Fracking phobes in New York
Image via WikipediaNY Post Editorial:
Critics of hydraulic fracturing were quick to pounce on last week's well blowout in Pennsylvania as proof that the controversial method of extracting natural gas is an environmental threat.The anti energy left is keeping New York state poor and in debt while its citizens have to import energy from more enlightened states. There will be plenty of Texans and people from other states willing to sell New Yorkers natural gas. It is a shame that the New Yorkers will have to miss out on the jobs and the royalty income from the wells.
That includes state Attorney General Eric Schneiderman, who just days earlier rashly overreached and vowed to sue the federal government unless it commits within 30 days to conducting a full review of regulations that would allow natural-gas drilling in the Delaware River Basin.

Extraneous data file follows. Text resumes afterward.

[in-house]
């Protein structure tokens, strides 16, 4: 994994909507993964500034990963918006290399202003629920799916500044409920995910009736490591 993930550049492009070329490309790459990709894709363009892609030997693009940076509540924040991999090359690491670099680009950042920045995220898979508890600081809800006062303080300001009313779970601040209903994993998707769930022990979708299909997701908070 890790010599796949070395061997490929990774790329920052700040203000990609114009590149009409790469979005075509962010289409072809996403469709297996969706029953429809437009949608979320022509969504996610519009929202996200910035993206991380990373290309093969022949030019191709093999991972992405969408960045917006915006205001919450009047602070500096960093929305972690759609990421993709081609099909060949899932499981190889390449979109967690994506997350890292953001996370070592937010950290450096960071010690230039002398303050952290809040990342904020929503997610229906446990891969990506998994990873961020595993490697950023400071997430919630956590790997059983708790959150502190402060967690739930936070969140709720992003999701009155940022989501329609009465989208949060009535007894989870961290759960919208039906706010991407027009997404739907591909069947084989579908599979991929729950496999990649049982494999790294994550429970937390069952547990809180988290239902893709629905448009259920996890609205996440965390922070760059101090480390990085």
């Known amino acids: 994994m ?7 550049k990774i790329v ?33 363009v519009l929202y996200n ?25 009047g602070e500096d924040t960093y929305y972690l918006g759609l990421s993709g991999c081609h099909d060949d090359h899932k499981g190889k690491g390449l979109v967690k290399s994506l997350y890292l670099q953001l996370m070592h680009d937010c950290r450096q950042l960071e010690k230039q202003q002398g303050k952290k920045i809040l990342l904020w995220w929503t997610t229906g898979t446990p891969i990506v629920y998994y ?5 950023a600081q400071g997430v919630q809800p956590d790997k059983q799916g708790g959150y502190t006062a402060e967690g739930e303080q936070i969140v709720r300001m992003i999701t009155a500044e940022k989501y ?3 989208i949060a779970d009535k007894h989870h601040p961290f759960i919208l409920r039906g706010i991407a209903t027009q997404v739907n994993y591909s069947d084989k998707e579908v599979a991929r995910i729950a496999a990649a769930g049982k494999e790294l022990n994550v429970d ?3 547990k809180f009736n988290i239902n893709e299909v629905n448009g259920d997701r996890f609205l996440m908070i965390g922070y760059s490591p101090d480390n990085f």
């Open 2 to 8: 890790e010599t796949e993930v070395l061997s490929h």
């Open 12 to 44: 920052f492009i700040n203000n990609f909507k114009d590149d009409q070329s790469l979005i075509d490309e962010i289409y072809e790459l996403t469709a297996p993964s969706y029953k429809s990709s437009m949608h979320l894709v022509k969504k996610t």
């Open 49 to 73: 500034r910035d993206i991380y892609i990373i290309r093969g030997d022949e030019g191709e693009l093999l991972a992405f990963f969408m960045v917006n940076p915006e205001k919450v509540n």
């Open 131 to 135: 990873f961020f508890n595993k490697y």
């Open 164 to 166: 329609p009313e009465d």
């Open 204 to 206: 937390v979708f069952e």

At issue is fracking -- the controversial process in which a high-pressure mix of water, chemicals and sand is used to extract natural gas from rock formations.
And, Schneiderman notwithstanding, a federal review of fracking is under way -- and is just one of several.
Which is fine. Nobody is advocating reckless action.
But it remains that a good way to kill fracking is to study it to death -- which appears to be Schneiderman's real goal.
He and the usual Greenie suspects are looking for a permanent ban on fracking, which has long been allowed in every state -- except New York.
As for last week's incident, there is little evidence that any nearby waterways have been contaminated by the blowout -- which was quickly brought under control. And drilling has stopped while the accident's cause is determined.
But let's be frank: No energy-development process is guaranteed risk-free -- and carbon-based energy sources are the lifeblood of civilization.
That particularly impacts efforts to drill in upstate's Marcellus Shale, believed to be rich in natural gas -- and a prime source to not only help relieve New York' energy woes, but to give a shot in the arm to the economically forlorn Southern Tier.